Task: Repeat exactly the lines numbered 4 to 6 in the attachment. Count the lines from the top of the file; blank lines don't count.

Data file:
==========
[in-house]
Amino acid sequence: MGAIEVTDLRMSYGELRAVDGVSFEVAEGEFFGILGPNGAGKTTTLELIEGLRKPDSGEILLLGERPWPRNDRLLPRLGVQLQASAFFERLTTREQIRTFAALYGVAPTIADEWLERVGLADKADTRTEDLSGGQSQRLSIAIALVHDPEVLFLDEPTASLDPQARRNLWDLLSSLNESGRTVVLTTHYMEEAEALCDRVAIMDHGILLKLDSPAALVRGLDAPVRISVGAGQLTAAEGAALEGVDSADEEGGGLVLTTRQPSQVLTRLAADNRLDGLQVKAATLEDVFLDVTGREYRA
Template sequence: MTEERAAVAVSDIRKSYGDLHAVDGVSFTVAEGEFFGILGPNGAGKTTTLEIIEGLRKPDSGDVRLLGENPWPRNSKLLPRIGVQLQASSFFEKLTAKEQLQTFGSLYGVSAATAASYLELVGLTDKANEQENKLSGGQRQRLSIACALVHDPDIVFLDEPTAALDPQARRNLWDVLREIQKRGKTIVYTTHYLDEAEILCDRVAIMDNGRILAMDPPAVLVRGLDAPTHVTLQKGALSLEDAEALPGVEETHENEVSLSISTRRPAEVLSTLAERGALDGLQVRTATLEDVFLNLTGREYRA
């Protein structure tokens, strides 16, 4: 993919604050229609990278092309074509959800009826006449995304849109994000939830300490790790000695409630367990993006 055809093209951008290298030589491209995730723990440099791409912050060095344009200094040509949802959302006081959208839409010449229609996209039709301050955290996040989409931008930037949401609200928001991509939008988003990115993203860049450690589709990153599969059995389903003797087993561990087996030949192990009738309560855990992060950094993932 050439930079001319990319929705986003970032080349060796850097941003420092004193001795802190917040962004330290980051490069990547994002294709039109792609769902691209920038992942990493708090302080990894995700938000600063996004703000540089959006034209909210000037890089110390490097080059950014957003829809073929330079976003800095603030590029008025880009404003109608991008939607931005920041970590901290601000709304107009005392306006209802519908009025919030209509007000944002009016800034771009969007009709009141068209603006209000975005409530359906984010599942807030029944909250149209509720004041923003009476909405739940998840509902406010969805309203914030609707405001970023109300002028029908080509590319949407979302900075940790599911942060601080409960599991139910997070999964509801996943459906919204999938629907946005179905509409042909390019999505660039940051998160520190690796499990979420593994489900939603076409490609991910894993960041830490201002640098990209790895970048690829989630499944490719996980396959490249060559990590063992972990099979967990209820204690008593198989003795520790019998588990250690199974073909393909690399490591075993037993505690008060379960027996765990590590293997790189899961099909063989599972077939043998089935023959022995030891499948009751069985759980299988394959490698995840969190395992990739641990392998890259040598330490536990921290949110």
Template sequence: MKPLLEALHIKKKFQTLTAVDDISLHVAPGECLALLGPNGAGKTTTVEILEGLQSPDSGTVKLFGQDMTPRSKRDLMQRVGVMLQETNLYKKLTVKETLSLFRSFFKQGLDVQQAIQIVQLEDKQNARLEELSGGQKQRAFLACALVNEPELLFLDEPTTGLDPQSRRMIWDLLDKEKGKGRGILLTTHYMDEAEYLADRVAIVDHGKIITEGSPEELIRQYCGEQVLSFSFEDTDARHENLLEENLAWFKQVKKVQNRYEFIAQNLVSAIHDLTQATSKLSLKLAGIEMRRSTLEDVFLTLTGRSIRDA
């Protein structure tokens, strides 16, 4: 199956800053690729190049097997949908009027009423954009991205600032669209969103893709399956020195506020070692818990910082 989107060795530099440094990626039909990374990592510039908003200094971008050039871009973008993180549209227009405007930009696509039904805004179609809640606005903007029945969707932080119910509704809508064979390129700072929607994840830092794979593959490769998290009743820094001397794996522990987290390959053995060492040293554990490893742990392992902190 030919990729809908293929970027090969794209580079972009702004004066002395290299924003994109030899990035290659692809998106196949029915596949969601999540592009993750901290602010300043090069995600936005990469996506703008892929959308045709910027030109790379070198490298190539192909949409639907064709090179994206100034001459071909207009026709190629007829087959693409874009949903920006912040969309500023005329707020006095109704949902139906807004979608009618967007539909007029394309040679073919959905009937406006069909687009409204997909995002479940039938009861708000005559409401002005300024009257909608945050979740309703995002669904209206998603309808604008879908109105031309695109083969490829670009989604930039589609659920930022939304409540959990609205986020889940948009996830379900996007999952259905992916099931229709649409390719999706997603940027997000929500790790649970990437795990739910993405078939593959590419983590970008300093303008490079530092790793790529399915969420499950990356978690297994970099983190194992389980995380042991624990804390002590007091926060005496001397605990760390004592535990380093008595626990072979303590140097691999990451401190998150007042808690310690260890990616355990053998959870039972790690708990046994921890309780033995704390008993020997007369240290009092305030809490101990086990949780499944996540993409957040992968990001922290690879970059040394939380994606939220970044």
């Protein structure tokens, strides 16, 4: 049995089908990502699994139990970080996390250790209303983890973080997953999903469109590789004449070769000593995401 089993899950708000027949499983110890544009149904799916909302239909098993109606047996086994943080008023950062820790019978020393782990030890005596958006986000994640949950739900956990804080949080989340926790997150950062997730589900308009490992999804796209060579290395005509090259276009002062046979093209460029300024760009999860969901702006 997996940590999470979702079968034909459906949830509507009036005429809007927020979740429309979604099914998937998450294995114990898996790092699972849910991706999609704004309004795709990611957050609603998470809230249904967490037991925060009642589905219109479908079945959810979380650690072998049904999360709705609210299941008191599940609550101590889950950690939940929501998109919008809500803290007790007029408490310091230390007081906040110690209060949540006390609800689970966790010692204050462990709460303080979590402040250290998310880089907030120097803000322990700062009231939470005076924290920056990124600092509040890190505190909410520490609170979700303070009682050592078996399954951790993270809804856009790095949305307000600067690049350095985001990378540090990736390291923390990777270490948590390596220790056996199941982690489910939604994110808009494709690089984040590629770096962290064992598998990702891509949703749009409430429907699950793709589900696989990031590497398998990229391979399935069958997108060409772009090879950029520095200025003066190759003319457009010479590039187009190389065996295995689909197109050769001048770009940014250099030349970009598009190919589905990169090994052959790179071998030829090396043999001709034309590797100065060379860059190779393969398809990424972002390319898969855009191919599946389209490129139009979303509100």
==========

């Protein structure tokens, strides 16, 4: 993919604050229609990278092309074509959800009826006449995304849109994000939830300490790790000695409630367990993006 055809093209951008290298030589491209995730723990440099791409912050060095344009200094040509949802959302006081959208839409010449229609996209039709301050955290996040989409931008930037949401609200928001991509939008988003990115993203860049450690589709990153599969059995389903003797087993561990087996030949192990009738309560855990992060950094993932 050439930079001319990319929705986003970032080349060796850097941003420092004193001795802190917040962004330290980051490069990547994002294709039109792609769902691209920038992942990493708090302080990894995700938000600063996004703000540089959006034209909210000037890089110390490097080059950014957003829809073929330079976003800095603030590029008025880009404003109608991008939607931005920041970590901290601000709304107009005392306006209802519908009025919030209509007000944002009016800034771009969007009709009141068209603006209000975005409530359906984010599942807030029944909250149209509720004041923003009476909405739940998840509902406010969805309203914030609707405001970023109300002028029908080509590319949407979302900075940790599911942060601080409960599991139910997070999964509801996943459906919204999938629907946005179905509409042909390019999505660039940051998160520190690796499990979420593994489900939603076409490609991910894993960041830490201002640098990209790895970048690829989630499944490719996980396959490249060559990590063992972990099979967990209820204690008593198989003795520790019998588990250690199974073909393909690399490591075993037993505690008060379960027996765990590590293997790189899961099909063989599972077939043998089935023959022995030891499948009751069985759980299988394959490698995840969190395992990739641990392998890259040598330490536990921290949110």
Template sequence: MKPLLEALHIKKKFQTLTAVDDISLHVAPGECLALLGPNGAGKTTTVEILEGLQSPDSGTVKLFGQDMTPRSKRDLMQRVGVMLQETNLYKKLTVKETLSLFRSFFKQGLDVQQAIQIVQLEDKQNARLEELSGGQKQRAFLACALVNEPELLFLDEPTTGLDPQSRRMIWDLLDKEKGKGRGILLTTHYMDEAEYLADRVAIVDHGKIITEGSPEELIRQYCGEQVLSFSFEDTDARHENLLEENLAWFKQVKKVQNRYEFIAQNLVSAIHDLTQATSKLSLKLAGIEMRRSTLEDVFLTLTGRSIRDA
């Protein structure tokens, strides 16, 4: 199956800053690729190049097997949908009027009423954009991205600032669209969103893709399956020195506020070692818990910082 989107060795530099440094990626039909990374990592510039908003200094971008050039871009973008993180549209227009405007930009696509039904805004179609809640606005903007029945969707932080119910509704809508064979390129700072929607994840830092794979593959490769998290009743820094001397794996522990987290390959053995060492040293554990490893742990392992902190 030919990729809908293929970027090969794209580079972009702004004066002395290299924003994109030899990035290659692809998106196949029915596949969601999540592009993750901290602010300043090069995600936005990469996506703008892929959308045709910027030109790379070198490298190539192909949409639907064709090179994206100034001459071909207009026709190629007829087959693409874009949903920006912040969309500023005329707020006095109704949902139906807004979608009618967007539909007029394309040679073919959905009937406006069909687009409204997909995002479940039938009861708000005559409401002005300024009257909608945050979740309703995002669904209206998603309808604008879908109105031309695109083969490829670009989604930039589609659920930022939304409540959990609205986020889940948009996830379900996007999952259905992916099931229709649409390719999706997603940027997000929500790790649970990437795990739910993405078939593959590419983590970008300093303008490079530092790793790529399915969420499950990356978690297994970099983190194992389980995380042991624990804390002590007091926060005496001397605990760390004592535990380093008595626990072979303590140097691999990451401190998150007042808690310690260890990616355990053998959870039972790690708990046994921890309780033995704390008993020997007369240290009092305030809490101990086990949780499944996540993409957040992968990001922290690879970059040394939380994606939220970044």